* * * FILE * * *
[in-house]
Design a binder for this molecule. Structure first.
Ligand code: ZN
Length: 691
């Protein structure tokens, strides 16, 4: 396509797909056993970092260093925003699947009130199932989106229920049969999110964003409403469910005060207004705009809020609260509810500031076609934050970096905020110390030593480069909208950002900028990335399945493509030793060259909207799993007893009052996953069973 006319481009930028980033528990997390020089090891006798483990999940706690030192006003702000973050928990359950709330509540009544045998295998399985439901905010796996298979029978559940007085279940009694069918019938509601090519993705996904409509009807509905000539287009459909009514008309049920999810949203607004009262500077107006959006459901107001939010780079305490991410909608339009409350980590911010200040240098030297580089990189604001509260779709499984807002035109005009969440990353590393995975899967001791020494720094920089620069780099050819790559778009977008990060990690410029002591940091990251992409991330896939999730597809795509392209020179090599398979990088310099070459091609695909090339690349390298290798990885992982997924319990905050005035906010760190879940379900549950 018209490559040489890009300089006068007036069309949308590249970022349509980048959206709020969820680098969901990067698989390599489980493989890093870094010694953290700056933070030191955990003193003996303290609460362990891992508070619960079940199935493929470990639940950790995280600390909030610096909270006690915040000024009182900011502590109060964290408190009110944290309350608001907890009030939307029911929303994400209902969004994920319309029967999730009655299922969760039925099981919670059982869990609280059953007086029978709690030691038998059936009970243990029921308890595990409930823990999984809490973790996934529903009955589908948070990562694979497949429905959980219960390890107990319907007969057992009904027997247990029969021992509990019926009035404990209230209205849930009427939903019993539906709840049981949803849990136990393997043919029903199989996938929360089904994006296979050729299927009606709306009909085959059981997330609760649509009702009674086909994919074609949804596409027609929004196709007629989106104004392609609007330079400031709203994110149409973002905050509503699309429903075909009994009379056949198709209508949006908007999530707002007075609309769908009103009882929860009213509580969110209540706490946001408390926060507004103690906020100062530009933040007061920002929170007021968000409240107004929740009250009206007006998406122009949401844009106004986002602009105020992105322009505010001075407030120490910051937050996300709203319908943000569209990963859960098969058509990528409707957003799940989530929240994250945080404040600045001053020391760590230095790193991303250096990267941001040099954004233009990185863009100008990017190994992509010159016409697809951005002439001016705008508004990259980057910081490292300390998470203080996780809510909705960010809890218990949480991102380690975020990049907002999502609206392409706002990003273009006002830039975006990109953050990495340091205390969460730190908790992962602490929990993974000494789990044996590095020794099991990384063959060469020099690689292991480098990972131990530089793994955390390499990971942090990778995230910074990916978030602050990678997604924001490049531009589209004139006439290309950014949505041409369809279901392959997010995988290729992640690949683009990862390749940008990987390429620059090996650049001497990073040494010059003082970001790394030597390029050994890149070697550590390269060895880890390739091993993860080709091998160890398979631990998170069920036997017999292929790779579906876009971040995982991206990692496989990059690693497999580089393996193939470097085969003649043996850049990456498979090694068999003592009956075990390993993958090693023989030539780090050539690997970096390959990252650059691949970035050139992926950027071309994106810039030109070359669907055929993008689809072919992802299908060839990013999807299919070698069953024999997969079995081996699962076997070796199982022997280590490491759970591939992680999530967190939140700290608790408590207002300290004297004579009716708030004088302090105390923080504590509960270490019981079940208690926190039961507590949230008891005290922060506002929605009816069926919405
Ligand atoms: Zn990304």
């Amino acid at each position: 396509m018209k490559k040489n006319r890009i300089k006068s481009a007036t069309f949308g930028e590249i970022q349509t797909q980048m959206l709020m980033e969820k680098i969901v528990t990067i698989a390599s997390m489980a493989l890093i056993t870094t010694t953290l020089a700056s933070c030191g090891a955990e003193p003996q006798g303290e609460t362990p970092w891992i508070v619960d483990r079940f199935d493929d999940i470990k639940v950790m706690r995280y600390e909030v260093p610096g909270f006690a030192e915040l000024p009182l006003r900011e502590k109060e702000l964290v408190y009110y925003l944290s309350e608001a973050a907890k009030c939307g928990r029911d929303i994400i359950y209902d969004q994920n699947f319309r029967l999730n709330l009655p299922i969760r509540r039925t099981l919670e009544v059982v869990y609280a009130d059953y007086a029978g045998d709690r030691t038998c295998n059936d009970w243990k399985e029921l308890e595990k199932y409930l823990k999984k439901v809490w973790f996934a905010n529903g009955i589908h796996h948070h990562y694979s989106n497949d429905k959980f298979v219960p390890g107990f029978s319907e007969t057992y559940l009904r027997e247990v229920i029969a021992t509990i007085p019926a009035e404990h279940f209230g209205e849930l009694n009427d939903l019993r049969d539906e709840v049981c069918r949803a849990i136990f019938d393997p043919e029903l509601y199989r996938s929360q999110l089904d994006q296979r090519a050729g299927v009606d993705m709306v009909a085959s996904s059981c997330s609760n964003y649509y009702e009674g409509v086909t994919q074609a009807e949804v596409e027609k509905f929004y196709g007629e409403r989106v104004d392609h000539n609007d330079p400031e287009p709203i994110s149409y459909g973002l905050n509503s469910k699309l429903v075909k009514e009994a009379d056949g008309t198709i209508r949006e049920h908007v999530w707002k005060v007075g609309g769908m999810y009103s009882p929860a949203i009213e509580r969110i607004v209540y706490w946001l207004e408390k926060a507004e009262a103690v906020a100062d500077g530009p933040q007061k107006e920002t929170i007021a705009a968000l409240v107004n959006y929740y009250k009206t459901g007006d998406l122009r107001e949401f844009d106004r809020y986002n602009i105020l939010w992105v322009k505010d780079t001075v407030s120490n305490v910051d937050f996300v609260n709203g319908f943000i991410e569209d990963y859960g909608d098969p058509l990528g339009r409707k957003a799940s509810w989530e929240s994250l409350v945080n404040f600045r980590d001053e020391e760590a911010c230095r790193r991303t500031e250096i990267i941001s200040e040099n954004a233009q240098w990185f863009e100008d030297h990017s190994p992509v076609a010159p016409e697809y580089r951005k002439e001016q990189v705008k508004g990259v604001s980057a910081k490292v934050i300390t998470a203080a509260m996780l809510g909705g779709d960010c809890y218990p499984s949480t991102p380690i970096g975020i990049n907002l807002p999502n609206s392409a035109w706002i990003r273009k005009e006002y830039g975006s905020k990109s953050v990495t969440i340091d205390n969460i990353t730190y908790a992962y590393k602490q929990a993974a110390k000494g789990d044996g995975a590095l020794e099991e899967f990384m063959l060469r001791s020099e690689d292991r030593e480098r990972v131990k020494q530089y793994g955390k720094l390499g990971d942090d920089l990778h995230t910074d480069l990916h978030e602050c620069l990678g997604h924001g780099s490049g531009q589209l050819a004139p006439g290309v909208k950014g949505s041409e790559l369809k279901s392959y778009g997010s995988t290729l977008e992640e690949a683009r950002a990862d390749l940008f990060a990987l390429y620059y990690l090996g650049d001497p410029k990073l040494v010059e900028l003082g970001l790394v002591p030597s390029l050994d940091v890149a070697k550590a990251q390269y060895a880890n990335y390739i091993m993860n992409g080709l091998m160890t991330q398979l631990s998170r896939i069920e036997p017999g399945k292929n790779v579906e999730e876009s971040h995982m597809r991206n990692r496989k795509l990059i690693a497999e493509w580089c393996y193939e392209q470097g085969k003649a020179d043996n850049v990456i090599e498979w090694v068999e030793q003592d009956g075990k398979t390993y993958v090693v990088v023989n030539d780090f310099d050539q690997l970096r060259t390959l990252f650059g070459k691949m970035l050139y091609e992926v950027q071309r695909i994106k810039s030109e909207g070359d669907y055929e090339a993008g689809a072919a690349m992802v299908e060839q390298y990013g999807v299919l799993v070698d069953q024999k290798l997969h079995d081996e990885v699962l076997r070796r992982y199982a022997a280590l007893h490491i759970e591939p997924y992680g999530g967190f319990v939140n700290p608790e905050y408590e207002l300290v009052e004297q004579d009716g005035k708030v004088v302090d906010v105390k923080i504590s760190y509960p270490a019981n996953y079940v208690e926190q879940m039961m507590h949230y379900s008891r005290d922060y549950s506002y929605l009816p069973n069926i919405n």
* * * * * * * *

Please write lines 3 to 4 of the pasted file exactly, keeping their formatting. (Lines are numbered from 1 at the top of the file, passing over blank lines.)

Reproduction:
Ligand code: ZN
Length: 691